We are pleased to introduce the Proceedings of the 19 th International School on Condensed Matter Physics “Advances in Nanostructured Condensed Matter: Research and Innovations” (19 th ISCMP). The school was held from August 28 th till September 2 nd , 2016 in Varna, Bulgaria. It was organized by the Institute of Solid State Physics of the Bulgarian Academy of Sciences (ISSP-BAS), and took place at one of the fine resorts on the Bulgarian Black Sea “Saints Constantine and Helena”. The aim of this international school is to bring together top experimentalists and theoreticians, with interests in interdisciplinary areas, with the younger generation of scientists, in order to discuss current research and to communicate new forefront ideas. This year special focus was given to discussions on membrane biophysics and quantum information, also not forgotten were some traditionally covered areas, such as characterization of nanostructured materials. Participants from 12 countries presented 28 invited lectures, 12 short oral talks and 44 posters. The hope of the organizing committee is that the 19 th ISCMP provided enough opportunities for direct scientific contacts, interesting discussions and interactive exchange of ideas between the participants. The nice weather certainly helped a lot in this respect. The editors would like to thank all authors for their high-quality contributions and the members of the international program committee for their commitment. The papers submitted for publication in the Proceedings were refereed according to the publishing standards of the Journal of Physics: Conference Series. The Editorial Committee members are very grateful to the Journal’s staff for the continuous fruitful relations and for giving us the opportunity to present the work from the 19 th ISCMP. Prof. DSc Hassan Chamati, Assist. Prof. Dr. Alexander A. Donkov, Assoc. Prof. Dr. Julia Genova, and Assoc. Prof. Dr. Emilia Pecheva (paper)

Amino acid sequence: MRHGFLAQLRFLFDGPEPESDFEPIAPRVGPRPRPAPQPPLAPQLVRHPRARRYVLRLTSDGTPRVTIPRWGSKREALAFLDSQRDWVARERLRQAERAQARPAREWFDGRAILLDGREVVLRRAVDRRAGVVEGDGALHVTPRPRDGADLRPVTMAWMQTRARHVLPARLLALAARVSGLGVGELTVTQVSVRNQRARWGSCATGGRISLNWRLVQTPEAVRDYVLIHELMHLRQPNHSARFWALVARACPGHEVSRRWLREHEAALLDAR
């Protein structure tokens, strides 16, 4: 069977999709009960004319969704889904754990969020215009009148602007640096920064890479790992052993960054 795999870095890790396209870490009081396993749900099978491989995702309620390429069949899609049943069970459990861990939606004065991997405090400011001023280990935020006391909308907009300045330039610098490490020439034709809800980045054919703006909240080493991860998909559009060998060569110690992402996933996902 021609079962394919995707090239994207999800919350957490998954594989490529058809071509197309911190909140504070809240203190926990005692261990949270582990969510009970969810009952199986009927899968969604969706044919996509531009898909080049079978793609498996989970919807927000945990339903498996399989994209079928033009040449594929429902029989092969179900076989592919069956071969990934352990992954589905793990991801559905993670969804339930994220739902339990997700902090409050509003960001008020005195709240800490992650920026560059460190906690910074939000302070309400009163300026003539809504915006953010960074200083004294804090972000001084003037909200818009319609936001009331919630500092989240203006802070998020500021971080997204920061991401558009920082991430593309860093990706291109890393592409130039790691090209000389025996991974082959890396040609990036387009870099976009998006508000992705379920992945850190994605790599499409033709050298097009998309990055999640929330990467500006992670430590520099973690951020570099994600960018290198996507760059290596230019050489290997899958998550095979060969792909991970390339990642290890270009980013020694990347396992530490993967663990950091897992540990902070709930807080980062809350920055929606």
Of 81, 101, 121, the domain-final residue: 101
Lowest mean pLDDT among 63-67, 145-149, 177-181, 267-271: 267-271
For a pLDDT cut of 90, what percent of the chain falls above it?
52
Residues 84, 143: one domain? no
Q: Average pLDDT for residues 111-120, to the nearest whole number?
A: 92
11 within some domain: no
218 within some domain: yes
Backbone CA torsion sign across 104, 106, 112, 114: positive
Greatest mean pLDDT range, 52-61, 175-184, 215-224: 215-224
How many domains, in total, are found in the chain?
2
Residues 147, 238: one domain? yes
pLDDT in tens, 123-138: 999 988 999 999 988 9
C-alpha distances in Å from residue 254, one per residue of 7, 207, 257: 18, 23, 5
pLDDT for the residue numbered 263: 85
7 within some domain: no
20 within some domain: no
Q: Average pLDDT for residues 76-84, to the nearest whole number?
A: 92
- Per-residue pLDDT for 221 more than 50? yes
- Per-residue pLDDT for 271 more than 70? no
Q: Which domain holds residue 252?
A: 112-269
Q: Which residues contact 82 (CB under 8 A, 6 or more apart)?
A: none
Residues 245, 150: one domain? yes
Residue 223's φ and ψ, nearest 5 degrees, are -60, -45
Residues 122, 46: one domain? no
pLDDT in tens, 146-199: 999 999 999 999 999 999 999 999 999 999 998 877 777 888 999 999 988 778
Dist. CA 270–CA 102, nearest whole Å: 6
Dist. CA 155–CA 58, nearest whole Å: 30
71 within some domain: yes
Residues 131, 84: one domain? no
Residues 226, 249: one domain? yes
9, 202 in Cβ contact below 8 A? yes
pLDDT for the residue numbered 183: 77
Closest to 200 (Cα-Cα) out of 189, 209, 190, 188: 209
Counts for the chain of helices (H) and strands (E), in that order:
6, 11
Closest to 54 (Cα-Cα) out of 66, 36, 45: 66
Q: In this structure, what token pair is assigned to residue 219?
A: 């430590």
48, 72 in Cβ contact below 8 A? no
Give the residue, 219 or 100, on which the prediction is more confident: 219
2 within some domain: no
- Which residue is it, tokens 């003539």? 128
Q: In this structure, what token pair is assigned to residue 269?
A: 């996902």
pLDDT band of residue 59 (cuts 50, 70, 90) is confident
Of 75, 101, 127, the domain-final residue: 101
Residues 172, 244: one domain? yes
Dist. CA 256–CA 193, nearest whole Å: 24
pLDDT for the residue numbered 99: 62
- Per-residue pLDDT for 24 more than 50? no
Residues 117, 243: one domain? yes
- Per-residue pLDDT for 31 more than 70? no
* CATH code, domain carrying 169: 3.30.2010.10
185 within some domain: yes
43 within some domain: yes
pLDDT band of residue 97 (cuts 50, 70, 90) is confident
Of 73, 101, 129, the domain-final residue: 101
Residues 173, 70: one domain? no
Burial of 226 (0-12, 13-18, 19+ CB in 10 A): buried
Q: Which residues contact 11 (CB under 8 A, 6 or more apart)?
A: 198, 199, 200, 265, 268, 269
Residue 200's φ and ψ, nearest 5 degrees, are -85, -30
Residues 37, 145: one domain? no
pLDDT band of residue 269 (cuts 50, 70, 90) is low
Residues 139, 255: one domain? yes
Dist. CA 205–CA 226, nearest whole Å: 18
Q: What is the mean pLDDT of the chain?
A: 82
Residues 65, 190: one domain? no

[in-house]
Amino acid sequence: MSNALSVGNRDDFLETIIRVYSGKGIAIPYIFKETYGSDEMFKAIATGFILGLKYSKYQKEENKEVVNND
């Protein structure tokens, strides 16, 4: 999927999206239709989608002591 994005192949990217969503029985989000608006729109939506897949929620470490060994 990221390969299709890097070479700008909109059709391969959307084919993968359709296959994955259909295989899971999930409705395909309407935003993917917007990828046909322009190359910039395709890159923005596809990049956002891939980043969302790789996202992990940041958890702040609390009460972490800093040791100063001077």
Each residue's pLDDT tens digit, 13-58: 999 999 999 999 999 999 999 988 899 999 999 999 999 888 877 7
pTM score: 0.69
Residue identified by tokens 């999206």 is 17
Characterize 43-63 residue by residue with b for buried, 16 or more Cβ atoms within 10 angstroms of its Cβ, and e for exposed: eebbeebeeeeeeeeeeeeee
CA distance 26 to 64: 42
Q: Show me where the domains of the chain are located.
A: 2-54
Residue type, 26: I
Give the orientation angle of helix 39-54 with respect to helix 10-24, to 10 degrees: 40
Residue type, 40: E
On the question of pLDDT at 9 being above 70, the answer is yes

20. Prevalence of obesity among Arab school children in Nazareth, Israel: comparison with national (Jewish) and international data.

    Science.gov (United States)

    Ram, E; Marcus, O; Joubran, S; Abdo, B; Asal, N R

    2013-12-01

    Lack of published data. Absence of Ethnic specific data. Lack of focus on obesity prevention in Arab schools. First set of data on obesity for Arab children. Data will be used as reference data. Alert health/school official for intervention. Objective The objective is to produce the first set of obesity prevalence data and use the data as reference values of body mass index (BMI) trends for Arab children in Israel and compare with Jewish and international data. Methods A prevalence study was carried out in 2009 in which 4130 children aged 6-12, were selected from eight Arab sector schools representing the Nazareth Municipality. Height, weight and BMI measurements were obtained and presented by age, mean age, size, weight, gender and percentile. Appropriate epidemiological and statistical methods used for comparison. Results The obesity and overweight prevalence rates in Arab children by age ranges from 0% to 2.6% and 0% to 11.2%, respectively. Comparison with international and Jewish data revealed differences in almost all age groups but higher rates in Arabs, especially boys. Discussion The higher rates/trends in Arab children may be explained by more Arab women entering the workforce, increase in single-parent families and changes in food and physical activity environments. Conclusion Based on our data, we recommend either an ethnic-specific BMI reference curves and/or inclusion of Arab data in the Israeli data system. Research need to focus on reasons for the increase and interventions to reverse/slow the trend. © 2013 The Authors. Pediatric Obesity © 2013 International Association for the Study of Obesity.